Growing Dierama in Zone 9

Lee Poulsen
Mon, 24 Feb 2014 16:47:29 PST
I have tried growing various different Dierama species multiple times here in inland southern California. And in every case so far, sooner or later, they eventually dwindle to nothing, and it always happens in the summertime. I've managed to have some grow to almost fill a 15 cm/6 in. pot, and just when they get big enough that I think they will finally bloom, they start to dwindle and 1 to 3 years later I get only one leaf, then nothing.

And yet, back when I used to live in the San Francisco Bay Area, I could go see dozens of these planted in the ground in Golden Gate Park in San Francisco with huge numbers of the "fishing rods" in bloom. They obviously loved growing there. So I now suspect that they just don't like summer heat, even though our nights cool off here far more than in the southeastern USA. The fact that they do so well in Ireland as well, for example, tells me that they may be one of those Zone 9 plants that also happen to want it to never get hot either.

As I've mentioned before, I don't think Ina realizes just how cool the summers are in Auckland despite it never getting much below freezing in the winter, if ever. (I believe parts of the Auckland area are Zone 10b.) I spent part of a November and most of a January traveling all over New Zealand about 20 years ago, and even though I had been living in the San Francisco Bay Area for about 5 years at the time, I felt like I was cold *all* the time even when I went north of Auckland to Whangarei. Only Ninety Mile Beach started to feel slightly "warm" and it is definitely Zone 10b if not a true Zone 11. Now mind you, the San Francisco Bay Area is widely considered to have the most pleasant summer weather of any location in the USA's sunbelt. So much so, that people often refer to its "natural air conditioning" all summer long. (The hottest part of the year there is usually late September/early October which is early-to-mid-autumn.) And even for people living there, San Francisco was considered cold all summer long. I remember that anytime we would go see an evening baseball game at the old Candlestick Park stadium in July/August (the hottest part of the summer in all of the rest of the USA), we invariably had to get out our winter jackets *and* bring blankets with us, and we still felt like we were freezing. Mark Twain was even reputed to have said that the coldest winter he ever spent was a summer in San Francisco. (He never really said it.)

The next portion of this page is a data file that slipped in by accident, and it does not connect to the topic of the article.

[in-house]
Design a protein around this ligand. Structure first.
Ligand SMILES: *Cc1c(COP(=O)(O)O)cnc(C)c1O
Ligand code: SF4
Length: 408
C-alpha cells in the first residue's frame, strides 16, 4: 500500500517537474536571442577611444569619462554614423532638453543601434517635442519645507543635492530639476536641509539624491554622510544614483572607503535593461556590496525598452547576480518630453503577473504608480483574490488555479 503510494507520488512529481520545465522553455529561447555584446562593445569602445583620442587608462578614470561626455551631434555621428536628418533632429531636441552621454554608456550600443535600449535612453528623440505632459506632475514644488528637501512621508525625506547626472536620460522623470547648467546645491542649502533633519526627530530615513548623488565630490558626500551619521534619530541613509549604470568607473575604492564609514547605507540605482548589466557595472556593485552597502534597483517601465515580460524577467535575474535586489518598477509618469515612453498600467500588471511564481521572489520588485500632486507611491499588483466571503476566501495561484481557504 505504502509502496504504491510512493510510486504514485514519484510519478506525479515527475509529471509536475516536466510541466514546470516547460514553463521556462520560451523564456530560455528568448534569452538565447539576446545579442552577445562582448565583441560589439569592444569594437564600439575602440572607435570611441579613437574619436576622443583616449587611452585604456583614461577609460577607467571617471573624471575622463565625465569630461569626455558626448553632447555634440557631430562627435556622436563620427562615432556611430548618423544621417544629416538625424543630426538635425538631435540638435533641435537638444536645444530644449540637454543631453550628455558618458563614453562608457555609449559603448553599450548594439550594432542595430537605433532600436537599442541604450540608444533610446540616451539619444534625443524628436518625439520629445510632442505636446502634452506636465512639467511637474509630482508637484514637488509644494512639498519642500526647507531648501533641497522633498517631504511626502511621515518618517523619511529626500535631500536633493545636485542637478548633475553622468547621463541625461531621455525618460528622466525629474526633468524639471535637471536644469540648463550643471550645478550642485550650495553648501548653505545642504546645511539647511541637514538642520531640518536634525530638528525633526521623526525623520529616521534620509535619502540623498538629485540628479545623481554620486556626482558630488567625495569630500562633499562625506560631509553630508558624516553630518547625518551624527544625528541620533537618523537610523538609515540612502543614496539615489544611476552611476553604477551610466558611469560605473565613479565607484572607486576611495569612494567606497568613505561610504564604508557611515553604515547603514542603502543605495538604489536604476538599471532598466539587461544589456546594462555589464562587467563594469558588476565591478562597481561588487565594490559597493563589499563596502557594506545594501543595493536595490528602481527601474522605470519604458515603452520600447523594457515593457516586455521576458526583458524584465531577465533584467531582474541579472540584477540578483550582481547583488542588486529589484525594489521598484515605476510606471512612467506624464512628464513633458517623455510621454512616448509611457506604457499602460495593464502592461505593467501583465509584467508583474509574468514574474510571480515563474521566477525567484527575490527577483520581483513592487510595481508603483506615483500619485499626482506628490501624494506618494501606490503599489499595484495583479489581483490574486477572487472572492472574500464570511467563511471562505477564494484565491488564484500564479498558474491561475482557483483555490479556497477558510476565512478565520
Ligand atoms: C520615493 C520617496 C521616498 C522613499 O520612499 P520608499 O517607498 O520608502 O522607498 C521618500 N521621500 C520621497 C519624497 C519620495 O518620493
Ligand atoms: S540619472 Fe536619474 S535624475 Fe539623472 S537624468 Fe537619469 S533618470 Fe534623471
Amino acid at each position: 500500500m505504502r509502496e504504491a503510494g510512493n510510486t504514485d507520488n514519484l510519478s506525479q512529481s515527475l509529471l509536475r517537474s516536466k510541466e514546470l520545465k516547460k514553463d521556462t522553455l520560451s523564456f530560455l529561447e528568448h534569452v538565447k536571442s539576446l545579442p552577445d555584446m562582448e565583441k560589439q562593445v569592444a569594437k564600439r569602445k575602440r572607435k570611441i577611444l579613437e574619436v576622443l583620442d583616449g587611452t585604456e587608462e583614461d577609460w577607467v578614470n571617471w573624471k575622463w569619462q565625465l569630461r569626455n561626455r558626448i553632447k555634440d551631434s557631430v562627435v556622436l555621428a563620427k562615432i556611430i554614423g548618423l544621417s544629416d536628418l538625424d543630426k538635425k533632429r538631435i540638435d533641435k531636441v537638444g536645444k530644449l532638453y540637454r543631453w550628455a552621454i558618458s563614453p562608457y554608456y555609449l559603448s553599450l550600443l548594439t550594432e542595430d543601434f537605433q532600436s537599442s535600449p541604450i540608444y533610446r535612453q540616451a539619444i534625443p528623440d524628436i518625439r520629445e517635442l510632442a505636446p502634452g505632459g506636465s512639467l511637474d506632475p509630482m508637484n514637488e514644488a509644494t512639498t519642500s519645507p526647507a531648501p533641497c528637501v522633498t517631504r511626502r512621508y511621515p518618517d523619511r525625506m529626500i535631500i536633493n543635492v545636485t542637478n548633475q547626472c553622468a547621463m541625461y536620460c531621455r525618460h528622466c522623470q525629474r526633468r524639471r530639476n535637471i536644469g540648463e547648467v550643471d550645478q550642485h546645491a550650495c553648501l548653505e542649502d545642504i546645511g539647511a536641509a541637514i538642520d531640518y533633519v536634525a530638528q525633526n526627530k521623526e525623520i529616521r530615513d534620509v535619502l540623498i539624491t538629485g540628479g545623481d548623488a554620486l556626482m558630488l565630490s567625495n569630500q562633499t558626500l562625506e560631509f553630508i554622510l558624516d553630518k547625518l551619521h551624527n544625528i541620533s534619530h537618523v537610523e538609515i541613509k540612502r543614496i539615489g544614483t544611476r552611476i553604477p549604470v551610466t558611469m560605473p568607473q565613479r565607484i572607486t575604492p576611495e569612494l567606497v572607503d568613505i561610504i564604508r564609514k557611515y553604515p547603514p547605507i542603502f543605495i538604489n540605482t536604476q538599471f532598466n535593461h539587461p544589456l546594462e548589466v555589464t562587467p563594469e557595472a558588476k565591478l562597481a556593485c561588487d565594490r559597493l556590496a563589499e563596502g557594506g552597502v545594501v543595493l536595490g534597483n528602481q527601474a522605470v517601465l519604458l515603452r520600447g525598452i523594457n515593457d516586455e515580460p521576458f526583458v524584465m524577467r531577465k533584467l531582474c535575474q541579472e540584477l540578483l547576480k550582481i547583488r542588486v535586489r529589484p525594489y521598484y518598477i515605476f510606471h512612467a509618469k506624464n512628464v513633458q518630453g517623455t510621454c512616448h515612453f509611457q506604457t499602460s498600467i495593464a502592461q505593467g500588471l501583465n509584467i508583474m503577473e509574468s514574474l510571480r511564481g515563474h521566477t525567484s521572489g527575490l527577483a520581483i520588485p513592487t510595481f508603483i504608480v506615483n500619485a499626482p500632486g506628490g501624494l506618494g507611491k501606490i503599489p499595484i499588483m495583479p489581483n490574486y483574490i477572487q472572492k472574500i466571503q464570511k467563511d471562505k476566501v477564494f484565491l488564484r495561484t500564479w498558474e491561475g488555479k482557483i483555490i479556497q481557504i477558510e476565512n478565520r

And yet, I think I've mentioned before that a professor of mine originally from Auckland, who lived there (SF Bay) told me that he thought it was unbearably warm his first summer after emigrating from New Zealand. I think the only times Houston has weather similar to Auckland's is in late autumn/early winter and late winter/early spring. And that's it. Since I never see any plantings of Dierama around southern Calif., I think they will be impossible in Houston. But these are just my observations and comparisons.

--Lee Poulsen
Pasadena, California, USA - USDA Zone 10a
Latitude 34°N, Altitude 1150 ft/350 m

On Feb 24, 2014, at 11:13 AM, Ina Crossley <> wrote:

> What zone are you in Aaron?  I have well draining soil, and no problem 
> growing them.  We are fairly humid.  Rain most of the year, although 
> more in winter.
> Ina Crossley
> Auckland New Zealand zone 10a
> On 25/02/2014 7:44 a.m., aaron floden wrote:
>> Many proved to be quite cold hardy, but none appreciated the summers when they would usually rot out. If anyone has found some to grow differently in the hot and humid southeast then I would like know.
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